## Python and the Shell

### Shell

Shell is a term, which is often used and often misunderstood. Like the shell of an egg, either hen or Python snake, or a mussel, the shell in computer science is generally seen as a piece of software that provides an interface for a user to some other software or the operating system. So the shell can be an interface between the operating system and the services of the kernel of this operating system. But a web browser or a program functioning as an email client can be seen as shell as well.

Understanding this, it's obvious that a shell can be either

• a command-line interface (CLI) or
• a graphical user interface (GUI)

But in most cases the term shell is used as a synonym for a command line interface (CLI). The best known and most often used shells under Linux and Unix are the Bourne-Shell, C-Shell or Bash shell. The Bourne shell (sh) was modelled after the Multics shell, and is the first Unix shell. Most operating system shells can be used in both interactive and batch mode.

### System programming and Python

System programming (also known as systems programming) stands for the activity of programming system components or system software. System programming provides software or services to the computer hardware, while application programming produces software which provides tools or services for the user.

"System focused programming" serves as an abstraction layer between the application, i.e. the Python script or program, and the operating system, e.g. Linux or Microsoft Windows. By means of such an abstraction layer it is possible to implement platform independent applications in Python, even if they access operating specific functionalities. Python provides various modules to interact with the operating system, such as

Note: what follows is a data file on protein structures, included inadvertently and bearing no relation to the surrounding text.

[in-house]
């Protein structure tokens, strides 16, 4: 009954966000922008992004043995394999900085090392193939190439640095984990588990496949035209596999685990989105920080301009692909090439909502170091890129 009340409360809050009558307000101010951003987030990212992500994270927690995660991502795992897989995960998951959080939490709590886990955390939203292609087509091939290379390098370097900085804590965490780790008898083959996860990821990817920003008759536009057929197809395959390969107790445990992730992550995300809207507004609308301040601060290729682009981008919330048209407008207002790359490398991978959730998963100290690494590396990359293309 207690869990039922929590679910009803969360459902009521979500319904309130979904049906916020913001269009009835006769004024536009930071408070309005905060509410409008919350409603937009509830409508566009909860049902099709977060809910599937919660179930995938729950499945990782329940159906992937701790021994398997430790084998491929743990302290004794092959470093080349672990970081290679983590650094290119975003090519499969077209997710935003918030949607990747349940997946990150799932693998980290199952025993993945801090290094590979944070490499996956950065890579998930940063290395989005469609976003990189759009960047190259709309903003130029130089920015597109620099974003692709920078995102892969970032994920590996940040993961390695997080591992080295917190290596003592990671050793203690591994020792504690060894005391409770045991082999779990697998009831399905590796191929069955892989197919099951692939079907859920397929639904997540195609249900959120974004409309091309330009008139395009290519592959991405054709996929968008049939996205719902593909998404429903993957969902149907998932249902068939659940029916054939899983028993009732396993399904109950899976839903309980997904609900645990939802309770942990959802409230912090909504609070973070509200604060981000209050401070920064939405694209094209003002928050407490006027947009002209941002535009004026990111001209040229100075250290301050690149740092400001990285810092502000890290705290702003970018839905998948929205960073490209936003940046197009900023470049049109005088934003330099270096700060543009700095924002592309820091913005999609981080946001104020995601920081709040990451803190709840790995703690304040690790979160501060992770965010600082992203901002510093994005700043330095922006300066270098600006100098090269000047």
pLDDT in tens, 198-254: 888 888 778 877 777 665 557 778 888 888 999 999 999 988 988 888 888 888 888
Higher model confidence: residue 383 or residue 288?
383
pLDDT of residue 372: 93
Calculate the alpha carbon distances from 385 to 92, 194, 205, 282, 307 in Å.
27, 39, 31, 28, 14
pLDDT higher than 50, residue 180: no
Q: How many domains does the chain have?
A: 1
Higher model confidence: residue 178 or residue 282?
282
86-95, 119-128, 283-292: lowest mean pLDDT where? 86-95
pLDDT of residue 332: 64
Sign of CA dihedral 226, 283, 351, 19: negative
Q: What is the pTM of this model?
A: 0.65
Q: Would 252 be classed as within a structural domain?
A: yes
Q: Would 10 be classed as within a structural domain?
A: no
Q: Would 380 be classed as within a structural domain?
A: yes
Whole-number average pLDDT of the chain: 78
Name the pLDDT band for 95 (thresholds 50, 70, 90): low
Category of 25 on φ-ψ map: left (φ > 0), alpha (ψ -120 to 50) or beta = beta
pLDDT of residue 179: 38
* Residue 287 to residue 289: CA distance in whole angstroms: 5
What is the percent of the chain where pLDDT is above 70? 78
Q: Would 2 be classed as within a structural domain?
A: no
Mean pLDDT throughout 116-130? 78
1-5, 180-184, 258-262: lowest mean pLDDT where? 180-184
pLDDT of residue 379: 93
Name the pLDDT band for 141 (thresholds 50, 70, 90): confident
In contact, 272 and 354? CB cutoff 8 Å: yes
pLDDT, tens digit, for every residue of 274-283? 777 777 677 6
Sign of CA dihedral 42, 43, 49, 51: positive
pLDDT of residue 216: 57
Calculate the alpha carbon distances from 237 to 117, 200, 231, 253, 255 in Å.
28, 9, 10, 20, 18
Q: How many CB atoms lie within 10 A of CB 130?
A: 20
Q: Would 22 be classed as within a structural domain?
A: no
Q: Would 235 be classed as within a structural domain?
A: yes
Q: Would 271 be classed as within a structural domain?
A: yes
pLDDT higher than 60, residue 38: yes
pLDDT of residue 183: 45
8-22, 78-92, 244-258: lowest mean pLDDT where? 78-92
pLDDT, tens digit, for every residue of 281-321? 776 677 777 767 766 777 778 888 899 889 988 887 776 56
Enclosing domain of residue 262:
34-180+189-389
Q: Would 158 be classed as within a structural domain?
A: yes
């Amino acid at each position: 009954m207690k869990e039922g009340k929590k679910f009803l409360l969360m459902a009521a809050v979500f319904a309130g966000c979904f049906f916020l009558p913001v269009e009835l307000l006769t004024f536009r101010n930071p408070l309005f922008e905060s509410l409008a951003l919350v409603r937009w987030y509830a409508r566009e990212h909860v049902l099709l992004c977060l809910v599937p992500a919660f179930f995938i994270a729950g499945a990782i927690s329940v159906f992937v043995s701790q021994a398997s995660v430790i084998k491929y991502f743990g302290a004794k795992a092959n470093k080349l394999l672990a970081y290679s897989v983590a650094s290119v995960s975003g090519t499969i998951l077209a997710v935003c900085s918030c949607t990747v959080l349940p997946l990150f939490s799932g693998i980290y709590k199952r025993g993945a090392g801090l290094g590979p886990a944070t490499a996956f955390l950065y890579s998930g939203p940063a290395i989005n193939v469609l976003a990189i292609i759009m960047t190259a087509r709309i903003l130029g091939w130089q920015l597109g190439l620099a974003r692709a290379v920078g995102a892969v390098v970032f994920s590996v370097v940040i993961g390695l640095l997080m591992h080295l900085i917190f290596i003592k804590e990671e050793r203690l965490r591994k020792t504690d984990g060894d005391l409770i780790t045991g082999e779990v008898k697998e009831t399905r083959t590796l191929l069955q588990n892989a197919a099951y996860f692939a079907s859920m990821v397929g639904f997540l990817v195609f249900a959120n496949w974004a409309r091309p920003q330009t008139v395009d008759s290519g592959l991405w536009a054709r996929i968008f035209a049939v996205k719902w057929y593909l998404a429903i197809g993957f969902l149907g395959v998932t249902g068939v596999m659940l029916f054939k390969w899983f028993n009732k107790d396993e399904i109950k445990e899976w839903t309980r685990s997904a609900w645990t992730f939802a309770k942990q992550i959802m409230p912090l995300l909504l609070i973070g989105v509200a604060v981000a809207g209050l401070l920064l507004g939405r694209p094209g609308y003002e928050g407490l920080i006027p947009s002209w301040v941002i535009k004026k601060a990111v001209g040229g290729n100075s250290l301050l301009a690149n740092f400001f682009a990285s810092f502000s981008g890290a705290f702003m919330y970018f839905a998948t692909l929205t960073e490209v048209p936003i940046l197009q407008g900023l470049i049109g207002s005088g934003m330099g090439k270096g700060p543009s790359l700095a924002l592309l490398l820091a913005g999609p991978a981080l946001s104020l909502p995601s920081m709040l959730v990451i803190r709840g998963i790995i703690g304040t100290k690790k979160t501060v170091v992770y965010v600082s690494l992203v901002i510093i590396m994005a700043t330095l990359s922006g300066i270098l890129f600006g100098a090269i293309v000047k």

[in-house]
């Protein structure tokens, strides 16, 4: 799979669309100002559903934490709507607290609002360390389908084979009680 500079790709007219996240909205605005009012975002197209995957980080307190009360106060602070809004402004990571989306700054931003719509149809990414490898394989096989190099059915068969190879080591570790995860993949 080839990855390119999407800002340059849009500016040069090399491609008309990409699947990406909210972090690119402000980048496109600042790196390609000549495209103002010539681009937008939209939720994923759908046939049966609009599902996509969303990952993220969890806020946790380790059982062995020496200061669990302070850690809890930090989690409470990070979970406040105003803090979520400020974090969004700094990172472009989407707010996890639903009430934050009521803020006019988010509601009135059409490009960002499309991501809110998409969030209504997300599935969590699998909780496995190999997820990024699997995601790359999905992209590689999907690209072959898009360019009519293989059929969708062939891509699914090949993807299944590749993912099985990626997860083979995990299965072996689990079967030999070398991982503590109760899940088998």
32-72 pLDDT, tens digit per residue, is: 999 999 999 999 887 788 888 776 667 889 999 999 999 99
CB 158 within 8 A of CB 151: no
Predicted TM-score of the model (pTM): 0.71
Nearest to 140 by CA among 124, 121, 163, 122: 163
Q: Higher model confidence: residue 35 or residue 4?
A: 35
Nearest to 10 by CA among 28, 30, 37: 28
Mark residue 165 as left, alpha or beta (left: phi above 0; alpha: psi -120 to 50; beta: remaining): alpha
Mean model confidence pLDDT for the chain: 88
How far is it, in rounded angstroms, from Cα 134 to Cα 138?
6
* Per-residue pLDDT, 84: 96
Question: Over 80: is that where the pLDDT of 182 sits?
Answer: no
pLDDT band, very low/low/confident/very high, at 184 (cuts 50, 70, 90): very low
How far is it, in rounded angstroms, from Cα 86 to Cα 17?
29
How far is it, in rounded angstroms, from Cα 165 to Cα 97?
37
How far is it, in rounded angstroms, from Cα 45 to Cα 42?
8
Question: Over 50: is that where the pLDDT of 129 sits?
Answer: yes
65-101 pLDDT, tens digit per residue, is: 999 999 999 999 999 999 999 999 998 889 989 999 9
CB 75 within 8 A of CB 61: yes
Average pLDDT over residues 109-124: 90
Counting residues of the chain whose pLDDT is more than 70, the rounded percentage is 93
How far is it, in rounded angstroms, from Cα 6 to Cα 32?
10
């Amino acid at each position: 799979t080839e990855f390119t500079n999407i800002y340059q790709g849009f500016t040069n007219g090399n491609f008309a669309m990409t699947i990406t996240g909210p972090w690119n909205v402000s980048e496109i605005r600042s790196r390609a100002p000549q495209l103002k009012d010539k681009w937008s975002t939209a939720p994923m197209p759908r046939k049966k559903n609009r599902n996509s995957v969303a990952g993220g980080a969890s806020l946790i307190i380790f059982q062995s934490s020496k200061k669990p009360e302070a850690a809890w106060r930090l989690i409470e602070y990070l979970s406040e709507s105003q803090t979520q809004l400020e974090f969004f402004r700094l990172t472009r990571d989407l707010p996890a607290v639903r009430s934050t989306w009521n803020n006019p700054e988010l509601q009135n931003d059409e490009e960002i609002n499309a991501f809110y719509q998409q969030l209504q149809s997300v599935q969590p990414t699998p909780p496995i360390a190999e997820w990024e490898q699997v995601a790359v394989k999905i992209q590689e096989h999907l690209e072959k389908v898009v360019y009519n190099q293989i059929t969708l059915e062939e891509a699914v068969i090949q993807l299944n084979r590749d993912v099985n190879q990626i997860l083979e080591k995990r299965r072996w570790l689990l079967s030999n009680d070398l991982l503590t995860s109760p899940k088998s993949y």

• os
• platform
• subprocess
• shutils
• glob
• sys

Therefore Python is well suited for system programming, or even platform independent system programming. This is one of the reasons by the way why Python is wrongly considered by many as a scripting language. The proper way to say it: Python is a full-fledged programming language which can be easily used as a scripting language. The general advantages of Python are valid in system focused programming as well:

• simple and clear
• wel structured
• highly flexible

## os Module

The os module is the most important module for interacting with the operating system. The os module allows platform independent programming by providing abstract methods. Nevertheless it is also possible by using the system() and the exec() function families to include system independent program parts. (Remark: The exec()-Functions are introduced in detail in our chapter "Forks and Forking in Python" The os module provides various methods, e.g. the access to the file system.

Platform independant application often need to know on which platform the program or script is running. The os module provides with os.name the perfect command for this purpose:

import os

print(os.name)

posix


The output is of course dependant on the the operating system you are running. As of Python version 3.8 the following names are registered: posix, nt, java.

These names define the following operating systems:

posix
Unix-like operating systems like Unix, Linux, BSD, Minix and others.
nt
Windows systems like "Windows 10", "Windows 8.1", "Windows 8", "Windows 7" and so on.
java
Java operating system.

Most Python scripts dealing with the operating system need to know the postion in the file system. The function os.getcwd() returns a unicode string representing the current working directory.

print(os.getcwd())

/home/bernd/Dropbox (Bodenseo)/notebooks/advanced_topics


You also need the capability to move around in your filesystem. For this purpose the module os provides the function chdir. It has a parameter path, which is specified as a string. If called it will change the current working directory to the specified path.

os.chdir("/home/bernd/dropbox/websites/python-course.eu/cities")
print(os.getcwd())

/home/bernd/Dropbox (Bodenseo)/websites/python-course.eu/cities


After you have reached the desired directory, you may want to get its content. The function listdir returns a list containing the names of the files of this directory.

print(os.listdir())

['Freiburg.png', 'Stuttgart.png', 'Hamburg.png', 'Berlin.png', 'Basel.png', 'Nürnberg.png', 'Erlangen.png', 'index.html', 'Ulm.png', 'Singen.png', 'Bremen.png', 'Kassel.png', 'Frankfurt.png', 'Saarbrücken.png', 'Zürich.png', 'Konstanz.png', 'Hannover.png']